Engineers have used safety margins for centuries to protect their companies and customers from the consequences of product degradation and failure. Sometimes the safety margins are fairly obvious (e.g., maximum-load limits posted in elevators), and other times they’re not.

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Design margins are often hidden from view. For example, some computers have cooling fans that are used to reduce the CPU’s failure rate. A heat sensor in the computer automatically increases the fan’s speed, which increases air flow and cools the CPU, thus reducing the failure rate of this expensive computer component.

In quality engineering there are some popular statistics that have less-than-obvious safety margins included. Consider the process capability index Cpk, which is defined for a stable normal process as:

Cpk = min{(USL – mean), (mean – LSL)}/ 3 sigma

where sigma is the within the rational subgroup estimate of variation.

Because the minimum is used, the metric reflects only half the distribution, and hence the fraction nonconforming for the distribution can range from p to 2p, where p corresponds to the tail area of the minimum distance of the mean to the specification limits for a normal distribution.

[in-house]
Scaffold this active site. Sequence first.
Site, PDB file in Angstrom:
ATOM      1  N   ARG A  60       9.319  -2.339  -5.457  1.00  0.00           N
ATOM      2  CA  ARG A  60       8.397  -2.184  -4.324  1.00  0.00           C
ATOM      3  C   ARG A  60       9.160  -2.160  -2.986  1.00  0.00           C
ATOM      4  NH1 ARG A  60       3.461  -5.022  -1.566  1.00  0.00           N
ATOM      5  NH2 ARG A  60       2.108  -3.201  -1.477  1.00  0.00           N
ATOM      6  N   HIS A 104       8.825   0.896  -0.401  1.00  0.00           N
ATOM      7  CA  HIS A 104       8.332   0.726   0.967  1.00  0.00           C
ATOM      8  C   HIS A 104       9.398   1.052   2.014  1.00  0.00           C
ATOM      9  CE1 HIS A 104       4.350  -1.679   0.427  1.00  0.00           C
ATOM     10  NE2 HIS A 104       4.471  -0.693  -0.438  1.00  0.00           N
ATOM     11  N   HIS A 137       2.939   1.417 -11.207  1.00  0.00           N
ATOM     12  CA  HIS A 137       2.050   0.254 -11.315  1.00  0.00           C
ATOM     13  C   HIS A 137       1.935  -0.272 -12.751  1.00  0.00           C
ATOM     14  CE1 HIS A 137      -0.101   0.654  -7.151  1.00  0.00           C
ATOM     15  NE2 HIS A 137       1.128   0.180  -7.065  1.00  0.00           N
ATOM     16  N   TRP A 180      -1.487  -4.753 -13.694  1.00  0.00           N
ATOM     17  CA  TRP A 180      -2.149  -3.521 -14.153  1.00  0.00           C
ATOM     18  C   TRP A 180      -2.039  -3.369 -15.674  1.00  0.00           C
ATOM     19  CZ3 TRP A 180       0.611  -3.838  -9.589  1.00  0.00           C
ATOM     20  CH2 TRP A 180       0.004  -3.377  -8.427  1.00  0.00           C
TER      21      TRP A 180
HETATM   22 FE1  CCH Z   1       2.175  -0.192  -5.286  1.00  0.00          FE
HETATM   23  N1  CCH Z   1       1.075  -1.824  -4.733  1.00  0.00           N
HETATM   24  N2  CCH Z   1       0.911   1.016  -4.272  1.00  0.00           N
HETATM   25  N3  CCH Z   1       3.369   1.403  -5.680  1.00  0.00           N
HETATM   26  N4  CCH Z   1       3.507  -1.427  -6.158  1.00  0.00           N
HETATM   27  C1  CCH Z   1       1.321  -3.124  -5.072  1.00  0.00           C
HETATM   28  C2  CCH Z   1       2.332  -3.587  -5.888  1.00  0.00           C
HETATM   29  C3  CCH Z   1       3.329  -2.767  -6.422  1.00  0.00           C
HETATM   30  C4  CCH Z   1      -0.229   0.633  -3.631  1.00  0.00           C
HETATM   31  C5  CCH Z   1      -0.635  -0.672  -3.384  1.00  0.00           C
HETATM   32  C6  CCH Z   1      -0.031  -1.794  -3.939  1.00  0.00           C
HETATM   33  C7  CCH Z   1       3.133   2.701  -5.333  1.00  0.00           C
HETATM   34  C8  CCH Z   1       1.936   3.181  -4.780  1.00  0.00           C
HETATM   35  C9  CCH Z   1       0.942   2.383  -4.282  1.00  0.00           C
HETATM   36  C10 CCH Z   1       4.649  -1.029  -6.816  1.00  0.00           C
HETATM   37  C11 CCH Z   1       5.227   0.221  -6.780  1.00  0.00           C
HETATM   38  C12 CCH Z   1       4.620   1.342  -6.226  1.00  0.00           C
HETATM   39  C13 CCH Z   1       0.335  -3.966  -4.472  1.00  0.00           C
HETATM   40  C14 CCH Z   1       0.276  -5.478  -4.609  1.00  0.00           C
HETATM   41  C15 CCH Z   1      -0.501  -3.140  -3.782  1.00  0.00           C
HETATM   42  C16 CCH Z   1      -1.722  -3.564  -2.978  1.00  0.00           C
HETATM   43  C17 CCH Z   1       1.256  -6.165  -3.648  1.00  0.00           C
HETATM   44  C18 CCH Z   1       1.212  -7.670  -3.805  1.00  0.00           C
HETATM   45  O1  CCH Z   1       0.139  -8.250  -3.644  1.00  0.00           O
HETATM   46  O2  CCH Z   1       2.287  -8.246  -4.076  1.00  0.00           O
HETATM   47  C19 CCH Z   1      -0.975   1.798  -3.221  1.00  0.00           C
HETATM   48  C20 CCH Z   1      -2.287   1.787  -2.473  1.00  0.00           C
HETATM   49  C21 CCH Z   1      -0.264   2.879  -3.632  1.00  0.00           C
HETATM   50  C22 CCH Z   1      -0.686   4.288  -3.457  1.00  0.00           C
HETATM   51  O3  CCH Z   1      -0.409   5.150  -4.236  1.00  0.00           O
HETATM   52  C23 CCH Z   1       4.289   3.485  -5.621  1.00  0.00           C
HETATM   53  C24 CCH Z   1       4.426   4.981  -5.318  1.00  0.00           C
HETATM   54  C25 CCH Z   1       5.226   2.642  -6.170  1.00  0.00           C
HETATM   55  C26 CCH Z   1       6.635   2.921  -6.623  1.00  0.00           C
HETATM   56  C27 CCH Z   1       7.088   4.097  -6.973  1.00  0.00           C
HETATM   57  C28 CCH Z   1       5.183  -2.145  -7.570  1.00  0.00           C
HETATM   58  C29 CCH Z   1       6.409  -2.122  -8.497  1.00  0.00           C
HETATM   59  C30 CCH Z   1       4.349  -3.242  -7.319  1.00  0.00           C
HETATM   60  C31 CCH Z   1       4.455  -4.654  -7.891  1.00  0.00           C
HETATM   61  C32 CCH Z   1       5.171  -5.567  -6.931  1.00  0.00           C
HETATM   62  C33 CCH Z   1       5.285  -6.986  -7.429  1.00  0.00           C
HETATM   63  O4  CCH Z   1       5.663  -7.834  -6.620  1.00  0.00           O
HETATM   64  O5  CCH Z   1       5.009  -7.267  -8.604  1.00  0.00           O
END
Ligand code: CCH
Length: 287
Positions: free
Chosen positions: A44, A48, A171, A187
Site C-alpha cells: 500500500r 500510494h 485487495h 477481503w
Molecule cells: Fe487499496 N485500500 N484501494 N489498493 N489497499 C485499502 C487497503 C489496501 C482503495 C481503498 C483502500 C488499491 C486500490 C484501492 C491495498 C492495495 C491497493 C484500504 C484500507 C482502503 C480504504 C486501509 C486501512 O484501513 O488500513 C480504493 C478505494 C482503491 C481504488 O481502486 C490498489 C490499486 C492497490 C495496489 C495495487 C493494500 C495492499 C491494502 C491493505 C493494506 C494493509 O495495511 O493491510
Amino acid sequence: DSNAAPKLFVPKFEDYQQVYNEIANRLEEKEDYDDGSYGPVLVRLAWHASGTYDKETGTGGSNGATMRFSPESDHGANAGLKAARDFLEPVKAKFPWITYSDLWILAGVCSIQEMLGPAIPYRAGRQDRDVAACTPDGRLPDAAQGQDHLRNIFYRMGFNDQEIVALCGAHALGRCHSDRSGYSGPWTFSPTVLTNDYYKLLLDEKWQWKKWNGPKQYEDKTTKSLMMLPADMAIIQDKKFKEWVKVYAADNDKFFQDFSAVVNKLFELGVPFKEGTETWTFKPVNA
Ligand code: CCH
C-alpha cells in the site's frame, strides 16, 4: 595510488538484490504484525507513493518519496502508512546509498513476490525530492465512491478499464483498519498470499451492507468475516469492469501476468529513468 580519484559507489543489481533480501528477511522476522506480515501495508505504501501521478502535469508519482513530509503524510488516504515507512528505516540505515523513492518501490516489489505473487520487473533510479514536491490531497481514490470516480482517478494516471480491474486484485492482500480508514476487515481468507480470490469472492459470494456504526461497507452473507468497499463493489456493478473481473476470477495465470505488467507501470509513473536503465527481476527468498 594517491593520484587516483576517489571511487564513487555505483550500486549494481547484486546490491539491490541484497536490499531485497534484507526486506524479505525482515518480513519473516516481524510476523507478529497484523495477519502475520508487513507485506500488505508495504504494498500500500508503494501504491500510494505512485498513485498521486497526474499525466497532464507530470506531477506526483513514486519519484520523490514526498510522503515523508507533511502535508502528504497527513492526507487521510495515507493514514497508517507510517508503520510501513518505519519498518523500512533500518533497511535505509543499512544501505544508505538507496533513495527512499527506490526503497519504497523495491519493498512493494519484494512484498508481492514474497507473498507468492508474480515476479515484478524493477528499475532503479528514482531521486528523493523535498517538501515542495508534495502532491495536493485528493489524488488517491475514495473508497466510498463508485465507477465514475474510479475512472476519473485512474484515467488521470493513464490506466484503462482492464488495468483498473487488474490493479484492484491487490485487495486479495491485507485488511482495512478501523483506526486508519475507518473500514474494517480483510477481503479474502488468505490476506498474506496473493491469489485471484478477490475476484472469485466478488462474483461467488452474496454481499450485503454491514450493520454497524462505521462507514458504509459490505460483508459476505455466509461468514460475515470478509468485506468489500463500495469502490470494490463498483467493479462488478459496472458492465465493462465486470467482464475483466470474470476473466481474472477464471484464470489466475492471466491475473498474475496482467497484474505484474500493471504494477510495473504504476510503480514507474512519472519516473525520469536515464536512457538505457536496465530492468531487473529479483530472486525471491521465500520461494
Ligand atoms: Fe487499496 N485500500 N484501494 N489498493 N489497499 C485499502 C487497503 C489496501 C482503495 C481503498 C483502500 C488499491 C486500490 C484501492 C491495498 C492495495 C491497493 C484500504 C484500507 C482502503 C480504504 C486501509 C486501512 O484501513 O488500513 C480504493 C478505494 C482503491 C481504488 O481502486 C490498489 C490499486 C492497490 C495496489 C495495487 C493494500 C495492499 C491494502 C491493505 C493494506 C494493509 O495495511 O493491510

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## Comments

## Ill-used, anyway...

I've been doing some research for a paper on this subject. Michael Harry originally conceived the 1.5-sigma shift as a

designmargin. He told his engineers to run their simulations with all the critical component metrics shifted 1.5 sigmain the worst-case direction,to simulate the potential effects on the system of a worst-case tolerance stack nightmare. This makes a lot of sense, from a robust-design perspective.What doesn't make sense is that for whatever reason, this idea ended up being extrapolated to an assumption that a process could somehow sustain an undetected 1.5-sigma shift indefinitely (or, at least, over a statistically stable production run of 1,000,000). That absurd claim is probably the worst of several fundamentally flawed assumptions for the "Process Sigma Table" in most Six Sigma training materials, and its claim that a process operating at "Six Sigma" levels of quality produce no more than 3.4 defects per million opportunities.

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